As part of the subcontract review process, we noticed that, during the 2005-2011 time period that an Alaska Native subsidiary, Eyak Technology, was operating a kickback scheme relating to its billion-dollar prime contract with the U.S. Army Corps of Engineers, it was also serving as a supplier of Google technology to the U.S. Army through numerous awards in 2009. We also discovered that Amazon, through JHC Technology, has received several million dollars in AWS cloud contracts through the Federal Bureau of Prisons.

It also became clear that many of the NVIDIA subcontracted awards were for the acquisition of their DGX compact General-Purpose Graphics Processing Unit (GPGPU) supercomputers. Recipients included: The Army, Navy, Air Force, Washington Headquarters Service, and, most surprisingly, even Veterans Affairs.

While we would have preferred to have performed similar analyses for the remaining companies, we remind the reader that such analyses only increase ranks. Thus, incorporating any missed subcontracts for HP, Deloitte, IBM, AT&T, Verizon, and Dell would only make them more dominant. The opportunities for significant qualitative change are with extending our subcontract analysis to Appl, Cisco, Oracle, and Intel.

FBI DEA OBD BoP IRS SS ICE CBP CIS TSA DHS S&T AirForce Navy Army SOCOM DIA DLA /
TRANSCOM
WHS DISA DARPA NGA NSA State AID AGM FAS
HP / Perspecta 21 311 32 829 7 3 10 6 6 41 13 83 7 25 303 35 226 366 10 20 81 636 168 5
Deloitte 8 51 6 172 2 28 14 24 153 7 42 125 21 97 13 94 16 38 297 48 17 12 928 15
MITRE* 2 24 285 470 1 24 49 34 81 109 2 16 85 26 1 6471 100 1 155 248 455 956
IBM 24 75 3 2484 3 286 88 2 1119 10 222 137 118 27 144 61 62 23 18 19 241 25 305 18
Accenture 10 101 18 413 1 602 56 28 18 8 93 99 49 2439 62 40 126 80 34 3 13 197 33
AT&T 100 37 1 248 6 7 95 18 172 294 220 109 108 60 127 85 2020 24 9 892 32 70 26 20 15 38
Microsoft* 73 98 8 1216 19 21 97 41 27 29 150 60 106 56 19 244 1 1 29 198 31 270
Verizon 32 28 24 296 12 6 163 133 26 359 235 133 73 258 76 1135 596 1 204 47 553 2074 40 59
Dell 56 241 343 8398 54 20 4 28 34 31 123 38 253 47 65 59 308 63 26 1613 29 539 447 74 14
Amazon* 555 709 150 731 620 207 47 474 2611 4827 9133 742 133 269 709 463 7 787 987 437 826
Johns Hopkins* 5552 144 261 44 36 183 23 231 46 862 5 104 13 29 5 428 71 4814
IDA* 17897 62 1 1630 1151
Cisco 3252 2581 301 309 175 718 7 100
Palantir* 41 3266 26 85 374 27 9455 763 460 14 947 1210 1532
Oracle 1875 933 294 267 293 684 825 388 642 2271 111 316 337 40 145 175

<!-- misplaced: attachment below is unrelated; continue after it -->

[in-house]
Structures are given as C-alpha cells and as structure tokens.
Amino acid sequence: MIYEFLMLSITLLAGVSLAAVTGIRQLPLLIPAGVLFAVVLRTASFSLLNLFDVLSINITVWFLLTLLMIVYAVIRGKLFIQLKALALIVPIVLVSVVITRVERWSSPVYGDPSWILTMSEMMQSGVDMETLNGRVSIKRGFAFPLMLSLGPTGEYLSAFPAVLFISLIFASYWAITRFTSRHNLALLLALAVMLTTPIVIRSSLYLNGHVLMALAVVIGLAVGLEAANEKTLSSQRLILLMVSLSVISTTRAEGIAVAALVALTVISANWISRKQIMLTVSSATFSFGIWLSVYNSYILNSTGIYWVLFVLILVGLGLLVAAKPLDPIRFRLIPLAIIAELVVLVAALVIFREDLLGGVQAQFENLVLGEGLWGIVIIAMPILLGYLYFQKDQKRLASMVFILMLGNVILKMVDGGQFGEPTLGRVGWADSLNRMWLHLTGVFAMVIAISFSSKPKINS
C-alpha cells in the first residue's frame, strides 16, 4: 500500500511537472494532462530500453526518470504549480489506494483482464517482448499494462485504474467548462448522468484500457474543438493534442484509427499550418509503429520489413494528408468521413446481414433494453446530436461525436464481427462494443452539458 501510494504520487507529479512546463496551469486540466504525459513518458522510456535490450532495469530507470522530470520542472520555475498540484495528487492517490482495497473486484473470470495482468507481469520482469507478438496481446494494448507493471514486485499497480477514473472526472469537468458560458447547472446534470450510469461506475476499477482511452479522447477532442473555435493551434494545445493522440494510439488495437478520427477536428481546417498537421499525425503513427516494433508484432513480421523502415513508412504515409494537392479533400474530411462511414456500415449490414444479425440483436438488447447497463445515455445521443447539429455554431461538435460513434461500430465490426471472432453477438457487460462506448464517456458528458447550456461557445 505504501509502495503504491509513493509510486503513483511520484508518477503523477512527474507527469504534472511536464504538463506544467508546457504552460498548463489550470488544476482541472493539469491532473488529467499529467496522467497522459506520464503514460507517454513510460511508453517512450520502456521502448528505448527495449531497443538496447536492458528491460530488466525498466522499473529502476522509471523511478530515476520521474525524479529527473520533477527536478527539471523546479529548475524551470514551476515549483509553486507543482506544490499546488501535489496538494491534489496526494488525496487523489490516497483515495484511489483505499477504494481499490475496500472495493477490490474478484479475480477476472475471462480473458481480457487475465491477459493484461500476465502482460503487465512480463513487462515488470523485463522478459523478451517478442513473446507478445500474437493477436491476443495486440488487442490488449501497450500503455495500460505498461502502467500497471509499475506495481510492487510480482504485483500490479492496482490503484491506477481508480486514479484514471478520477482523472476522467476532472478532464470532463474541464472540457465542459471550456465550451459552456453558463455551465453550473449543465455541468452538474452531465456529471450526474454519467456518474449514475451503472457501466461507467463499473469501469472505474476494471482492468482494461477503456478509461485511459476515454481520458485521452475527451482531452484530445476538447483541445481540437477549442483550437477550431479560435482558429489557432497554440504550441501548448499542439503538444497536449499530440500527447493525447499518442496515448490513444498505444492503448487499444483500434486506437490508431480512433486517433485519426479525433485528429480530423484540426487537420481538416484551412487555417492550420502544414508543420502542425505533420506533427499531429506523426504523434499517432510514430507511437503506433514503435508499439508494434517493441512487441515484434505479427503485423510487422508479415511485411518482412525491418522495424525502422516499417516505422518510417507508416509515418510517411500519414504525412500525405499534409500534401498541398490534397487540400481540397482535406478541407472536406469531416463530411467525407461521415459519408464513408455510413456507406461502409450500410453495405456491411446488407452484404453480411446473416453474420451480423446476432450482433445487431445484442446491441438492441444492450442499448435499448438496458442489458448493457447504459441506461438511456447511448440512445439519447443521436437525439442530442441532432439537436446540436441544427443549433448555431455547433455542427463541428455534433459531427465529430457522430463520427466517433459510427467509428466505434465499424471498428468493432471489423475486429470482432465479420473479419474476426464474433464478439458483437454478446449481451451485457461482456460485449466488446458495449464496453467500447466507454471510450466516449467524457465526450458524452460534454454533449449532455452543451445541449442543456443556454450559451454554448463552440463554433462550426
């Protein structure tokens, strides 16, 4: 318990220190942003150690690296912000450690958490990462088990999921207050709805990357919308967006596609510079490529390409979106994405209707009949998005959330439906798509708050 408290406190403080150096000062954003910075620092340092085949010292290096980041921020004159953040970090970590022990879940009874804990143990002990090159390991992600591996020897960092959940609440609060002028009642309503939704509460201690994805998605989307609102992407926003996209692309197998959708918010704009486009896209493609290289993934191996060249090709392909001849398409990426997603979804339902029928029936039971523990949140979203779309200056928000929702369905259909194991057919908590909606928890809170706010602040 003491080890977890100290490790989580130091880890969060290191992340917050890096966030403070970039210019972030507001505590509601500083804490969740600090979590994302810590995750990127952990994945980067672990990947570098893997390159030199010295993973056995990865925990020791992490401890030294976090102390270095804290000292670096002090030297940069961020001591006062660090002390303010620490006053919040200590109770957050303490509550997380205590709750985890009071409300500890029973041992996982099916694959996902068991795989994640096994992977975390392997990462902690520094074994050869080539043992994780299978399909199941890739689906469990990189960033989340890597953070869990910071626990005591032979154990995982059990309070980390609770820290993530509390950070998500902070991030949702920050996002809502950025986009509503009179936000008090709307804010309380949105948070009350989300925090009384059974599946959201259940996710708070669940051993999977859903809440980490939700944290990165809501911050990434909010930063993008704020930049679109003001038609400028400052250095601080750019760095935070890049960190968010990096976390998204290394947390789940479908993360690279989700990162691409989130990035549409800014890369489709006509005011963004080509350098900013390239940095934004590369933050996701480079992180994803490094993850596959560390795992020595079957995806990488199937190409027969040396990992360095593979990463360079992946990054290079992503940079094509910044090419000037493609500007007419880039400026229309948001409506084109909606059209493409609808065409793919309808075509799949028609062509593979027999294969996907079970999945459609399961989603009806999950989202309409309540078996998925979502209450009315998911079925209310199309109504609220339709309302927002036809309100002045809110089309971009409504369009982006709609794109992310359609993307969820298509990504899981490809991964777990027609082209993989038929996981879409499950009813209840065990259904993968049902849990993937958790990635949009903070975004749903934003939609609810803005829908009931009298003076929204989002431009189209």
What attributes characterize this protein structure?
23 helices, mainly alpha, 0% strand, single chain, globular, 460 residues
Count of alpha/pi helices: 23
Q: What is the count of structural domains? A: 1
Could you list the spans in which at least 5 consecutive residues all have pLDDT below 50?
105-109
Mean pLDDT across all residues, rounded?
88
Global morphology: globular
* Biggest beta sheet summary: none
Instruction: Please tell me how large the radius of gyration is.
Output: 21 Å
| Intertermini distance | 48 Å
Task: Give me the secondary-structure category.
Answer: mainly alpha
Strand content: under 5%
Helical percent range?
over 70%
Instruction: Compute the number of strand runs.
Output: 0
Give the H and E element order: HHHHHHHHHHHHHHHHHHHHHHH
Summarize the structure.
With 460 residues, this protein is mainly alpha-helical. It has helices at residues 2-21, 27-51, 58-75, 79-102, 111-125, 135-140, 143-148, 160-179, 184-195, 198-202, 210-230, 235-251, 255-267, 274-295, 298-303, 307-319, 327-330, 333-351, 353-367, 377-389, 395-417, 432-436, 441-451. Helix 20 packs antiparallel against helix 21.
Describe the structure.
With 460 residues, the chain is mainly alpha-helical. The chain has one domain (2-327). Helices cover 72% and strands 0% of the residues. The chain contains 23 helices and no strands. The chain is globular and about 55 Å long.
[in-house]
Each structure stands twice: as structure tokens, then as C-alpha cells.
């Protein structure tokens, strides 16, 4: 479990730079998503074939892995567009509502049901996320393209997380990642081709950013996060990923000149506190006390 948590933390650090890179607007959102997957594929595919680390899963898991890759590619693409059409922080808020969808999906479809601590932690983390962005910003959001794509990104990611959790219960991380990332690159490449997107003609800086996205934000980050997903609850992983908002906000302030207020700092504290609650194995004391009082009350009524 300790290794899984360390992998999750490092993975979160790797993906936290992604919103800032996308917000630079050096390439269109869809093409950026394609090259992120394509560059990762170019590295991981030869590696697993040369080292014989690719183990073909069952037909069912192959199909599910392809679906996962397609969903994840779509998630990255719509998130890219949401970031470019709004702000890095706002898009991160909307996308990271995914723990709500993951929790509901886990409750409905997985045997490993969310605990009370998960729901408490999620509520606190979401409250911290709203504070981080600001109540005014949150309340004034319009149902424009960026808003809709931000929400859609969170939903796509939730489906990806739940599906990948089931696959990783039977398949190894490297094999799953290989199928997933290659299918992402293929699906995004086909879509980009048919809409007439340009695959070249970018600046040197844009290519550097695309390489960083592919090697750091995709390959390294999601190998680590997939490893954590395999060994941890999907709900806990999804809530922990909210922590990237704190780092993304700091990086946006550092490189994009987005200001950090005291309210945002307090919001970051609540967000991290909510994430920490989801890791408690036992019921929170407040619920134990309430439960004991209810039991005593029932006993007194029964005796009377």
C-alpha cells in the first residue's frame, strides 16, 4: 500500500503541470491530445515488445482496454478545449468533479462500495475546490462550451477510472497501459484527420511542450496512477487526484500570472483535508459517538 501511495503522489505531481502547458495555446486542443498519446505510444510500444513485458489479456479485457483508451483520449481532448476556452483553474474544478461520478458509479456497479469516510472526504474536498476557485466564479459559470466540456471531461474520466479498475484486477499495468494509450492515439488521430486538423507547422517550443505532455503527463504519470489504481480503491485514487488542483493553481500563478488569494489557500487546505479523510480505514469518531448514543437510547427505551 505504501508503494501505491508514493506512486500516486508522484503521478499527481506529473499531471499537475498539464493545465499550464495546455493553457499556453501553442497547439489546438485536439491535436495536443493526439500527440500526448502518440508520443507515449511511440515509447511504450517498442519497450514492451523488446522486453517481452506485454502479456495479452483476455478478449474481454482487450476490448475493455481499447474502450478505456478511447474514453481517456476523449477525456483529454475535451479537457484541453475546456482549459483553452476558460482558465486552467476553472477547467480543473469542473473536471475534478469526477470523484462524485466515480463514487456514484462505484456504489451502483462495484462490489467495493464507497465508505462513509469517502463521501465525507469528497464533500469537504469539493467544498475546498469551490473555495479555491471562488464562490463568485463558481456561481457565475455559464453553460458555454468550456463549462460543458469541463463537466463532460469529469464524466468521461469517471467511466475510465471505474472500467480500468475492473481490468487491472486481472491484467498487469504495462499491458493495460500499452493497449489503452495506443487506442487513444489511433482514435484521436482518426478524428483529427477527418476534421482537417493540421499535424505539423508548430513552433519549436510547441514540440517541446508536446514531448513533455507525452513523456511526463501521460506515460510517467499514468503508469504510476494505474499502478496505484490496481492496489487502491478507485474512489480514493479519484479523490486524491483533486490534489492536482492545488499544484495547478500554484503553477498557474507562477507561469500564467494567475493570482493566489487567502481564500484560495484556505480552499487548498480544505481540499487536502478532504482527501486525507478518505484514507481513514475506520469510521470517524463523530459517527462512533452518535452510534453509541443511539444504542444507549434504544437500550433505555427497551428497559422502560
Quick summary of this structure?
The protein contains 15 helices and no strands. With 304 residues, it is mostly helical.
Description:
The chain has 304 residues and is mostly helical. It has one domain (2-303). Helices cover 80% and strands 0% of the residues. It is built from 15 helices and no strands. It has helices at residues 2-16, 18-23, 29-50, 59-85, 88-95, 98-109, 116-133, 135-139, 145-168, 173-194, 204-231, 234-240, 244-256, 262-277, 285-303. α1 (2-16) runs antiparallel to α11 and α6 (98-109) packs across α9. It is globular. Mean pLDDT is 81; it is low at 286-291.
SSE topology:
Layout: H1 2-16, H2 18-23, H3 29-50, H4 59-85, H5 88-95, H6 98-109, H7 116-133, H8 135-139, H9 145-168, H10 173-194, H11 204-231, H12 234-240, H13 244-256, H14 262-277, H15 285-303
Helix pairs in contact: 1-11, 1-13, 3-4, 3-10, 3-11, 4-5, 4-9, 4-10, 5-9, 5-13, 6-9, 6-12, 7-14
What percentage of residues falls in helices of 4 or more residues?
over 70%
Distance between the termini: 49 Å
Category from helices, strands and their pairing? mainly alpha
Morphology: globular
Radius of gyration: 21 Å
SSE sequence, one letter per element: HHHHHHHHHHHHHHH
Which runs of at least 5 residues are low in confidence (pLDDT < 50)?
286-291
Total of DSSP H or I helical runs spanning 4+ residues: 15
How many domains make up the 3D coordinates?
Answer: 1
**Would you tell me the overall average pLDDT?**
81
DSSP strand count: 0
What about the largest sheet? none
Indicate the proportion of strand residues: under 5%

NVIDIA* 1104 3292 8097 2055 10,362 7238 18,956 168 26,173 1764 95 6969 3527 7990
Anduril* 163 1255 5789 100 49
Apple 1595 809 7401 1357 509 5382 19,126 20,849 13,641 3539 18,758 2040 1475 393 159
Google* 336 1197 1829 2545 745 755 963 5412 6859 6692 1928 540 1651 1363 793 390 123 2101
Facebook* 887 52,865 2807 2715 96
Twitter* 983 7833 254
Table 2: Corporate influence rankings by a combination of direct contracts and subcontracting passthroughs between various tech-related companies and U.S. agencies between the beginning of 2016 and July 4, 2020 (subcontract analysis only included up to June 20).     Direct contract measurements are generated in the same manner as for Table 1. Conservative subcontract passthroughs were estimated and incorporated for companies annotated with '*' through manual review of thousands of FPDS awards whose descriptions mentioned the company or one of its major products (e.g., "aws govcloud"). Due to the intense time demands of manually reviewing tens of thousands of awards, several companies were not augmented with subcontracting passthrough estimates.     These influence rankings were then binned as either: top 10 (       ), top 25, (       ), top 50, (       ), top 100, (       ), top 250, (       ), top 500 (       ), top 1000 (       ), or below (       ). If a company was not observed contracting with an agency, the square was left white. The numerical influence rankings are shown on mouse-over.

FBI DEA OBD BoP IRS SS ICE CBP CIS TSA DHS S&T AirForce Navy Army SOCOM DIA DLA /
TRANSCOM
WHS DISA DARPA NGA NSA State AID AGM FAS
HP / Perspecta 21 311 32 829 7 3 10 6 6 41 13 83 7 25 303 35 226 366 10 20 81 636 168 5
IBM 24 75 3 2484 3 286 88 2 1119 10 222 137 118 27 144 61 62 23 18 19 241 25 305 18
Microsoft* 73 98 8 1216 19 21 97 41 27 29 150 60 106 56 19 244 1 1 29 198 31 270
Dell 56 241 343 8398 54 20 4 28 34 31 123 38 253 47 65 59 308 63 26 1613 29 539 447 74 14
Amazon* 555 709 150 731 620 207 47 474 2611 4827 9133 742 133 269 709 463 7 787 987 437 826
Cisco 3252 2581 301 309 175 718 7 100
Palantir* 41 3266 26 85 374 27 9455 763 460 14 947 1210 1532
Oracle 1875 933 294 267 293 684 825 388 642 2271 111 316 337 40 145 175
NVIDIA* 1104 3292 8097 2055 10,362 7238 18,956 168 26,173 1764 95 6969 3527 7990
Anduril* 163 1255 5789 100 49
Apple 1595 809 7401 1357 509 5382 19,126 20,849 13,641 3539 18,758 2040 1475 393 159
Google* 336 1197 1829 2545 745 755 963 5412 6859 6692 1928 540 1651 1363 793 390 123 2101
Facebook* 887 52,865 2807 2715 96
Twitter* 983 7833 254
Table 3: A restriction of Table 2 to tech companies.

The results of incorporating our subcontracting estimations are demonstrated in Table 2 and its restriction to tech companies, Table 3. The most significant qualitative difference is with Amazon, whose large numbers of Justice, DHS, and DoD cloud contracts are almost entirely through intermediaries, such as Four Points Technology, JHC Technology, and ECS Federal (who was also the prime contractor for Google's Maven contracts).

Another significant change is that Microsoft moves into the top 10 influencers within the Justice Department's Offices, Boards, and Divisions. As we explained in a previous section, this little-known agency is the current home for U.S. international policing program ICITAP. We also notice that Google has moved into the top 500 contractors with the FBI (through supplying FISMA-certified Google Apps for Government).